By nature, I'm an optimist.

Twenty years ago, I knew about the horrors of terrorism.

But conventional wisdom said that it couldn't happen in America.

So I trusted; and I slept peacefully.

I try to pay some attention to the financial markets. And, over the years, my financially-astute friends would assure me that slumps were "just part of the normal market cycle," and that "our economic system is solid and reliable." In fact, "some companies are TBTF [Too Big Too Fail]; they're here for the long run, no matter what happens in the short term."

So I trusted; and I slept peacefully.

What now?

Is anything in the world truly secure and TBTF?In 2009, we in our local Chabad Center find ourselves (like synagogues and JCCs all over the world) inviting the Department of Homeland Security for "target hardening."

In 2009, I find that the economy has actually been masking a fundamental weakness, that there's really no such thing as TBTF, and that nobody really knows when we'll pull out of this.

So where do I find a sense of stability? Whom can we trust? Is anything in the world truly secure and TBTF?

Sure, I believe in G‑d, and I believe that G‑d loves, guides and helps me.

But belief is one thing; trusting G‑d is different.

What is trust?

When I genuinely trust someone at work, I'm fully expecting them to carry a load. I totally expect good results from this person, because I trust him/her.

In Jewish theology, that's what "Trust in G‑d" should mean.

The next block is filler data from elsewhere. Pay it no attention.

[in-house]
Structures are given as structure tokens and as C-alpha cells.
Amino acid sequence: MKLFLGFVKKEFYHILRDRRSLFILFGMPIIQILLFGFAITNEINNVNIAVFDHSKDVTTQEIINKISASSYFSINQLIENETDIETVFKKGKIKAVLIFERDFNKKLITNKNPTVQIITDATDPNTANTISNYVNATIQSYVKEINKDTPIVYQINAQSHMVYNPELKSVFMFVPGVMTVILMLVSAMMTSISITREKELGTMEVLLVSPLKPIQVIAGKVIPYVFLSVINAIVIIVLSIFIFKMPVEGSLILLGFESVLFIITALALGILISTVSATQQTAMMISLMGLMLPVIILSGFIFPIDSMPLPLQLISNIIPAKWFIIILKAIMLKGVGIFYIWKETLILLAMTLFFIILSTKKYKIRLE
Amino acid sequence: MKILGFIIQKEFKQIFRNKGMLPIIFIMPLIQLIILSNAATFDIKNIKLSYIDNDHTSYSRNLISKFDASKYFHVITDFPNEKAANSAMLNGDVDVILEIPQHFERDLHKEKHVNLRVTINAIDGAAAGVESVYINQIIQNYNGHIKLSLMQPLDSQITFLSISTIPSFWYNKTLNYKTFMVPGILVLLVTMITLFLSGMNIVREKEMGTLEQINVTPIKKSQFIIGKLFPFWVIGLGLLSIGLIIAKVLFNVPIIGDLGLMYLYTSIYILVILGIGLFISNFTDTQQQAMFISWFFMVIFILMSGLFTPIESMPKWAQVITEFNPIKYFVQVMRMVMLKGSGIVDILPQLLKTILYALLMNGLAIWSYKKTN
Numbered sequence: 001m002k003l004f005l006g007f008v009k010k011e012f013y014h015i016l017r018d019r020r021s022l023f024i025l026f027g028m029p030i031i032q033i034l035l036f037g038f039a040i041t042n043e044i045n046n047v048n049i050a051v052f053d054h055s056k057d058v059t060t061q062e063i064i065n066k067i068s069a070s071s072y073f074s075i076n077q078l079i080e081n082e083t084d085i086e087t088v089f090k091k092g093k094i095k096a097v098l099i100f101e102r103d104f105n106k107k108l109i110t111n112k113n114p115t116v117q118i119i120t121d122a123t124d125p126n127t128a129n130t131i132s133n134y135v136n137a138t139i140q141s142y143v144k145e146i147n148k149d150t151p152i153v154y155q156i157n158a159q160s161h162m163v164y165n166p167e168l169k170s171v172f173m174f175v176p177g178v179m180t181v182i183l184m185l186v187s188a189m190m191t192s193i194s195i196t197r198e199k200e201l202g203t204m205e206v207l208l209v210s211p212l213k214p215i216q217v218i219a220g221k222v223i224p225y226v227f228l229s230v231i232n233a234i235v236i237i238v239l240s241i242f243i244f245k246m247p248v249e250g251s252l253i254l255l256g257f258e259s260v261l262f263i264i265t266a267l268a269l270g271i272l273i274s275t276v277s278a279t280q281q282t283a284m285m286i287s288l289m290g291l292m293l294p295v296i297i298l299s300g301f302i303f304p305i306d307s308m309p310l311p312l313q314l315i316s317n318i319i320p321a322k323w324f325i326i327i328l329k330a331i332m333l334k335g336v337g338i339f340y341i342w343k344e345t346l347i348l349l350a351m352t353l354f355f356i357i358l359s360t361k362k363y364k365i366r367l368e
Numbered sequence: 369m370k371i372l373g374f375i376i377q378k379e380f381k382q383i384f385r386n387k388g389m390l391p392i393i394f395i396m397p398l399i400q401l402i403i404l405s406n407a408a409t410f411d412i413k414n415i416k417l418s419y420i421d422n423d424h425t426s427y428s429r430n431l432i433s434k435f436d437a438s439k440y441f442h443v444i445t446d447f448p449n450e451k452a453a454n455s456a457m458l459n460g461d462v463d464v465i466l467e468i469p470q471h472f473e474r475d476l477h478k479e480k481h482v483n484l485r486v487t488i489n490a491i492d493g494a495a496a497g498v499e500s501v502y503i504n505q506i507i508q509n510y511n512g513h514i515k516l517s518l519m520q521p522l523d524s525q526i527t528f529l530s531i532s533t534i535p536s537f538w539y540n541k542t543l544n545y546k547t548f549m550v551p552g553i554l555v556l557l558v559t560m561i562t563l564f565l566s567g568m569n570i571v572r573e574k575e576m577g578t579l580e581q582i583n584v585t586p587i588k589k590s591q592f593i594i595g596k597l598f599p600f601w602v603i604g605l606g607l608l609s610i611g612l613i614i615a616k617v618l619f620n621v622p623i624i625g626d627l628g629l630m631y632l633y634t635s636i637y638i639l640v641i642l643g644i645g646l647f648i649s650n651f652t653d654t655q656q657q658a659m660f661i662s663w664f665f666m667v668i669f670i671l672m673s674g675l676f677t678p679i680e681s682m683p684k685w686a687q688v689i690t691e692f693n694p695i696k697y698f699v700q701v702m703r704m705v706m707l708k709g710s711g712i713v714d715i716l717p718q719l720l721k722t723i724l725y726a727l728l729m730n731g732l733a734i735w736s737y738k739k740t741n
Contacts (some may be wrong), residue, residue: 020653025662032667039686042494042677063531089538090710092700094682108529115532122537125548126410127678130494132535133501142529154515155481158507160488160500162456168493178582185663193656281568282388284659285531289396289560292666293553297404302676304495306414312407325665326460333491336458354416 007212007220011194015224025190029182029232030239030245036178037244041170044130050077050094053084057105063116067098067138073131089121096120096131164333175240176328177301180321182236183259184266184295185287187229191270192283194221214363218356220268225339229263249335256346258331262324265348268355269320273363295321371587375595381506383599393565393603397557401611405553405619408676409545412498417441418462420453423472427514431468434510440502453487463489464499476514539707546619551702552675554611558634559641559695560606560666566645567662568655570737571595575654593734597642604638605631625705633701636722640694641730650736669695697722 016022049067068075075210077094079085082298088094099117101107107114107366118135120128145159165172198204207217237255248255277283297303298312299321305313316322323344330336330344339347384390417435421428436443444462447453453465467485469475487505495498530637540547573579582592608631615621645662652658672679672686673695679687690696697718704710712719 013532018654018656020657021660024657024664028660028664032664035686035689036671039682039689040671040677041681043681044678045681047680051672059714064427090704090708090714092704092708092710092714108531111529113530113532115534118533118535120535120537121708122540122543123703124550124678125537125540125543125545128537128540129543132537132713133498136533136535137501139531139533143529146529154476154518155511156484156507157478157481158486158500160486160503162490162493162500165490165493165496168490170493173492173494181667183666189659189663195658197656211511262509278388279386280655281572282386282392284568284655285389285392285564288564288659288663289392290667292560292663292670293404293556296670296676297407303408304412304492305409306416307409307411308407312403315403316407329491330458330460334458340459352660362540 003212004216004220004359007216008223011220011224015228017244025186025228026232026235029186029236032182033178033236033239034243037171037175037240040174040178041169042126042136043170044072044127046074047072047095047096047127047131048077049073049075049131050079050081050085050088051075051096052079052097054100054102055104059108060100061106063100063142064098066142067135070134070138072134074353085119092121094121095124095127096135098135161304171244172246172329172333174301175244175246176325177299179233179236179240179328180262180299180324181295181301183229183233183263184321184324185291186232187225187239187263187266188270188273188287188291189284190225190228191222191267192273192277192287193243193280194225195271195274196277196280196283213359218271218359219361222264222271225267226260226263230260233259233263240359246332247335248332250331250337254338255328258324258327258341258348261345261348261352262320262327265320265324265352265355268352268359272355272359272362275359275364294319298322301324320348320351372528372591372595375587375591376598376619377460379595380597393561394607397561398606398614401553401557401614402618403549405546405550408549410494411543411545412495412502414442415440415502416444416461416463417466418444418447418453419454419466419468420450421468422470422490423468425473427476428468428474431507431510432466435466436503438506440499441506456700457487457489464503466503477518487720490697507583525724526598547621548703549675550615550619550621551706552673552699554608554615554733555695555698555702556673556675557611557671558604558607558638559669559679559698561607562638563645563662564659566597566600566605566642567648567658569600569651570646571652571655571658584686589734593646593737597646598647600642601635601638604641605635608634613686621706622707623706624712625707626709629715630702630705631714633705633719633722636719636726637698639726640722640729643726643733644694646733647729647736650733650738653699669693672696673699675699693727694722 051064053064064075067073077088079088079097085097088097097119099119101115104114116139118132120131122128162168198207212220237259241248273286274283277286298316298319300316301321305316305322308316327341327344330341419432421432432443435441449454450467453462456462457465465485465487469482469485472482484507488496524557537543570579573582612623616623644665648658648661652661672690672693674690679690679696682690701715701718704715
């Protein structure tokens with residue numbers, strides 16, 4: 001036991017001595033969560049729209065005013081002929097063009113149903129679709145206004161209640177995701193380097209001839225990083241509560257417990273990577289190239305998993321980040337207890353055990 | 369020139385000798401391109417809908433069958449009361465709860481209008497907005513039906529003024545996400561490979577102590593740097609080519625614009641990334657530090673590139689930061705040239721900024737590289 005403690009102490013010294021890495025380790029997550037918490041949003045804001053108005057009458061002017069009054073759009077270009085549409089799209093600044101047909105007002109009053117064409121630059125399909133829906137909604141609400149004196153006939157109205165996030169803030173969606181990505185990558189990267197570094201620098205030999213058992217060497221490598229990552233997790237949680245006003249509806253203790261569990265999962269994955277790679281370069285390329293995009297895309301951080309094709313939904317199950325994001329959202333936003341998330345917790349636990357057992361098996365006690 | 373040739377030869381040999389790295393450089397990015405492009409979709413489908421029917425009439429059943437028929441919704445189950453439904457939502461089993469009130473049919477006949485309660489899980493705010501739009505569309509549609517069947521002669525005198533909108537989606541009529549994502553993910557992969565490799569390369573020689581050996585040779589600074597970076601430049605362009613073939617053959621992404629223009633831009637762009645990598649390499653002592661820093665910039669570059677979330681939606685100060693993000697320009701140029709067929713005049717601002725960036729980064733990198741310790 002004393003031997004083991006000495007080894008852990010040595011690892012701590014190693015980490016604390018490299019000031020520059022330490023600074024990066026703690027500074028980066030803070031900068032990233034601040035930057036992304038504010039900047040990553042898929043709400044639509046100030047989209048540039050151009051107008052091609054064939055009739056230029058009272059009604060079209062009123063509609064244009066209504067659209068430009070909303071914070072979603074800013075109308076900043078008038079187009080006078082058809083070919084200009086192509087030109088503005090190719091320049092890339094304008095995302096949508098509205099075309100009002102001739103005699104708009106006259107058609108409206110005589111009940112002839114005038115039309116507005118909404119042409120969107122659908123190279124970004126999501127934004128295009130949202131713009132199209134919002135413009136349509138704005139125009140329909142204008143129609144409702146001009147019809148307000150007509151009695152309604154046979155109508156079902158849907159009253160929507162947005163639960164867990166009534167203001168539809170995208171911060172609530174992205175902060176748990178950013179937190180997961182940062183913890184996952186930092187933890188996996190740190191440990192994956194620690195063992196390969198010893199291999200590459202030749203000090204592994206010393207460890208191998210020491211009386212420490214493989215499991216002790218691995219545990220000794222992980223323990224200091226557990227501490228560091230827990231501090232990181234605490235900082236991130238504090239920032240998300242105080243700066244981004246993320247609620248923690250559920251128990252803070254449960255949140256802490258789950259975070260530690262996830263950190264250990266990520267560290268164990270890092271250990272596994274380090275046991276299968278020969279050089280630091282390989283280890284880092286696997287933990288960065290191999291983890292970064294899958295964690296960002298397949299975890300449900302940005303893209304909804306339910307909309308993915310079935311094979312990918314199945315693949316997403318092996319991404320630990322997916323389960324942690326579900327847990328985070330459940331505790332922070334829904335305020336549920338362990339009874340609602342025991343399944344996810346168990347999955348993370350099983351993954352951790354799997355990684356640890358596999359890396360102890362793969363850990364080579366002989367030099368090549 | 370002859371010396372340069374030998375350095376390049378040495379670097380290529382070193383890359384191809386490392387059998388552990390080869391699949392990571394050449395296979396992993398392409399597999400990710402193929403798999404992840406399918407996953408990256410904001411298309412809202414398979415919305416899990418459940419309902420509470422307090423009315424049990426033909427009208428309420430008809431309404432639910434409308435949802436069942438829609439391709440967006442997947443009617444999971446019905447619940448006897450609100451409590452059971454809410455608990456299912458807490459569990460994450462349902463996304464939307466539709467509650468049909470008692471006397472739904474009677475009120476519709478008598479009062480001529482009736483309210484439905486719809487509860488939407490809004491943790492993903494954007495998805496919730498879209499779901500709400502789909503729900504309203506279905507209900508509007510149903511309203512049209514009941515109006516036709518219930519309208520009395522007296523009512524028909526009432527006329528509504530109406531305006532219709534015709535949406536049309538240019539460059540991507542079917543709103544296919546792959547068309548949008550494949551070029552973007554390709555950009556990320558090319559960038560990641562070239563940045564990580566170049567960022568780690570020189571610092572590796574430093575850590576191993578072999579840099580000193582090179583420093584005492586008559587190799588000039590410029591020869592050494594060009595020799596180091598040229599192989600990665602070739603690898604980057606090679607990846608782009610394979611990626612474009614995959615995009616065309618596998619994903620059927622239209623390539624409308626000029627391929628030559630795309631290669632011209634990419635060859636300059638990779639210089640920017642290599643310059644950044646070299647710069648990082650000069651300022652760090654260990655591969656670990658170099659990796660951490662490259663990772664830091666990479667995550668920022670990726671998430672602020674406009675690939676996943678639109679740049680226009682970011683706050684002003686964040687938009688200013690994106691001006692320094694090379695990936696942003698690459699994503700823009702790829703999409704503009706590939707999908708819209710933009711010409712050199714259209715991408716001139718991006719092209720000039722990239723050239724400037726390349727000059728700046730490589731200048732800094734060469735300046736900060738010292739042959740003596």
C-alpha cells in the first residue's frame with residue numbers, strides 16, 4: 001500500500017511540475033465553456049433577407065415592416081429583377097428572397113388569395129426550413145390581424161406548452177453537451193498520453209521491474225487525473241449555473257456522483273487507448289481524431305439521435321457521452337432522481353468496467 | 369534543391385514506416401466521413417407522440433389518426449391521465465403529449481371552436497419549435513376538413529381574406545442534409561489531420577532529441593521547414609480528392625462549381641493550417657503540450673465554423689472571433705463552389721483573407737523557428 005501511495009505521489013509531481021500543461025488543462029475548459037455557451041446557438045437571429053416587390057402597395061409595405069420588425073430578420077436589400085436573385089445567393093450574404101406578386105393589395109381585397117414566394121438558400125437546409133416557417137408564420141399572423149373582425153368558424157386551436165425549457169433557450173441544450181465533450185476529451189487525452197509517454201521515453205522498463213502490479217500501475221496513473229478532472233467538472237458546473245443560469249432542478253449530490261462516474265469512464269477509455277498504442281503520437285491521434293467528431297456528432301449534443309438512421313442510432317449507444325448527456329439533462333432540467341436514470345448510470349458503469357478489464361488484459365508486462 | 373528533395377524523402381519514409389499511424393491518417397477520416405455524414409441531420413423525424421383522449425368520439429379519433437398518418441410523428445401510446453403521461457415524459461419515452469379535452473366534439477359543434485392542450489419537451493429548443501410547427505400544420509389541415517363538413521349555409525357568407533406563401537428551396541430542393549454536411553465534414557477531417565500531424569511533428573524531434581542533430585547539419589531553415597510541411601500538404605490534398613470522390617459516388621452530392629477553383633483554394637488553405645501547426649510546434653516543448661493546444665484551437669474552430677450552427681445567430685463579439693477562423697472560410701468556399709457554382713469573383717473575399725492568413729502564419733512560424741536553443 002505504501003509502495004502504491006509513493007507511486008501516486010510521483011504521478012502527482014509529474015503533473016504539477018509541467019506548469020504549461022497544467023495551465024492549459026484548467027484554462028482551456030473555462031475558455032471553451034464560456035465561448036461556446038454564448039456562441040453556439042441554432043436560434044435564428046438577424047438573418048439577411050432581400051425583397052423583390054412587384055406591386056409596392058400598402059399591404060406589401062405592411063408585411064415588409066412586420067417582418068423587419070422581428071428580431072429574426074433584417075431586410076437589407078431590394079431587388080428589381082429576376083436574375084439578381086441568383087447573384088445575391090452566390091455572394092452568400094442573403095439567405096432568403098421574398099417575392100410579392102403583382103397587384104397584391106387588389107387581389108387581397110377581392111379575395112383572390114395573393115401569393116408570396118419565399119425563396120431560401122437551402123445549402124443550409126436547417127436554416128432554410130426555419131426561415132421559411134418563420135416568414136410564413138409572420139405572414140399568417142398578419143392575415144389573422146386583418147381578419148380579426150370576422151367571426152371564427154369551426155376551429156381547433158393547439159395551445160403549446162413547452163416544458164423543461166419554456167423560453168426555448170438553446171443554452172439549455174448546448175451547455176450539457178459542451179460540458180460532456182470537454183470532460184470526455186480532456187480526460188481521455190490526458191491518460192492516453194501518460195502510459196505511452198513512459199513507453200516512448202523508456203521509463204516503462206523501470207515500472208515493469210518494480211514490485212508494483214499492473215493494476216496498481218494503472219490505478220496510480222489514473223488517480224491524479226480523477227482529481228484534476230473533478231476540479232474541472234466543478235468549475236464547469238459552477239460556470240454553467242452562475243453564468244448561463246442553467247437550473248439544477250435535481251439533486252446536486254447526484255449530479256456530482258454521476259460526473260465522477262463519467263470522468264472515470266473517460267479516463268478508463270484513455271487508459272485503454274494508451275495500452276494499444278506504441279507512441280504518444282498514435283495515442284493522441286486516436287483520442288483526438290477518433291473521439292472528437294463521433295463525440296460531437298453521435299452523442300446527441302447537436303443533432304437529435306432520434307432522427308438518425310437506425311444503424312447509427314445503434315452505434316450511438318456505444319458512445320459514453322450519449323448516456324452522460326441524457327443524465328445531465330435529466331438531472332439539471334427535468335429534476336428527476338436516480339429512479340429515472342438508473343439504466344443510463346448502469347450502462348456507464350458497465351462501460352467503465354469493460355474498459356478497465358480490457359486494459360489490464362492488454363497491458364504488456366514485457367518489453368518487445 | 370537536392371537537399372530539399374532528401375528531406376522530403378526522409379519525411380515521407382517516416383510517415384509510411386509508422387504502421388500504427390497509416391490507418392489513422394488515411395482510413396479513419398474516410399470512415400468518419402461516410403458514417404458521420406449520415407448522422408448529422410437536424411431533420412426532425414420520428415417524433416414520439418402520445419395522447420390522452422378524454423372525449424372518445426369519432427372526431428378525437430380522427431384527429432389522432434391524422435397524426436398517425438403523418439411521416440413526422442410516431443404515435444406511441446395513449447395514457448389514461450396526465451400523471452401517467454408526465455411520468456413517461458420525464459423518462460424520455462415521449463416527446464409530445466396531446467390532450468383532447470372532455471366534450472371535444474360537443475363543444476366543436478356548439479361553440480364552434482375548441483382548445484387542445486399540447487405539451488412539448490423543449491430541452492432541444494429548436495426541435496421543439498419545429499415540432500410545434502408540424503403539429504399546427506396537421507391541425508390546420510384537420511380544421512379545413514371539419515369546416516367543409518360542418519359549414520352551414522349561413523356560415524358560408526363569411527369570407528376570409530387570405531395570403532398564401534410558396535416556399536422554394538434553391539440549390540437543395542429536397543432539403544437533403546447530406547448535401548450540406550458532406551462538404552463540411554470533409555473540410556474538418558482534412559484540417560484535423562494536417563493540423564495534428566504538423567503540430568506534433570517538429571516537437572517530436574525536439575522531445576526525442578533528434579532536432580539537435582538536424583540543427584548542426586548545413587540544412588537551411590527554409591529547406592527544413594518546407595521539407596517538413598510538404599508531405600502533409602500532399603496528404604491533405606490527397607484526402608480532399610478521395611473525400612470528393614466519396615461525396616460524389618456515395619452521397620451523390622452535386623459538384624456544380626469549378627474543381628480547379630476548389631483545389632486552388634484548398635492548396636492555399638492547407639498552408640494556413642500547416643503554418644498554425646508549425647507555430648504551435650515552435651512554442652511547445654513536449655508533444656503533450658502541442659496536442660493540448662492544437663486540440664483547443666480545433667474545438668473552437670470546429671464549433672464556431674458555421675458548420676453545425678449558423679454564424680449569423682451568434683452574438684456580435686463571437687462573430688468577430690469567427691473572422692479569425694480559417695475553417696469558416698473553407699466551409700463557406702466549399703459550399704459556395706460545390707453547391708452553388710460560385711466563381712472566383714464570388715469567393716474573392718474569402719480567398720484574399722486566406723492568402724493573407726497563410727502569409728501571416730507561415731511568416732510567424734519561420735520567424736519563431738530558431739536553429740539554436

It means relying on a G‑d who cares and is able; and who loves us so much that He'll even help the "undeserving."

It means expecting good results, appreciable in the here and now. Why? Because G‑d is carrying the burden.

That's not easy, because it's somewhat counterintuitive.

In life, we need to expend human efforts to achieve results; so it's natural for us to attribute the results to our own efforts.

The Torah is telling me to continue my efforts, because G‑d wants His blessings to find a human conduit. But the Torah's telling me to trust that the final results will be G‑d's; and to trust that – because they flow from the Divine – those results will be appreciably good.

The third Chabad Rebbe had the following advice: "Think positively and it will be positive."

He wasn't only giving psychological advice; it was innately Judaic guidance.

"Think positively and it will be positive"My trust in G‑d, my absolute reliance on a loving G‑d to deliver positive results for my efforts, is a critical spiritual trigger for good things to happen.

And the results will reflect the amount of my trust.

It isn't easy.

But I guess it's not meant to be.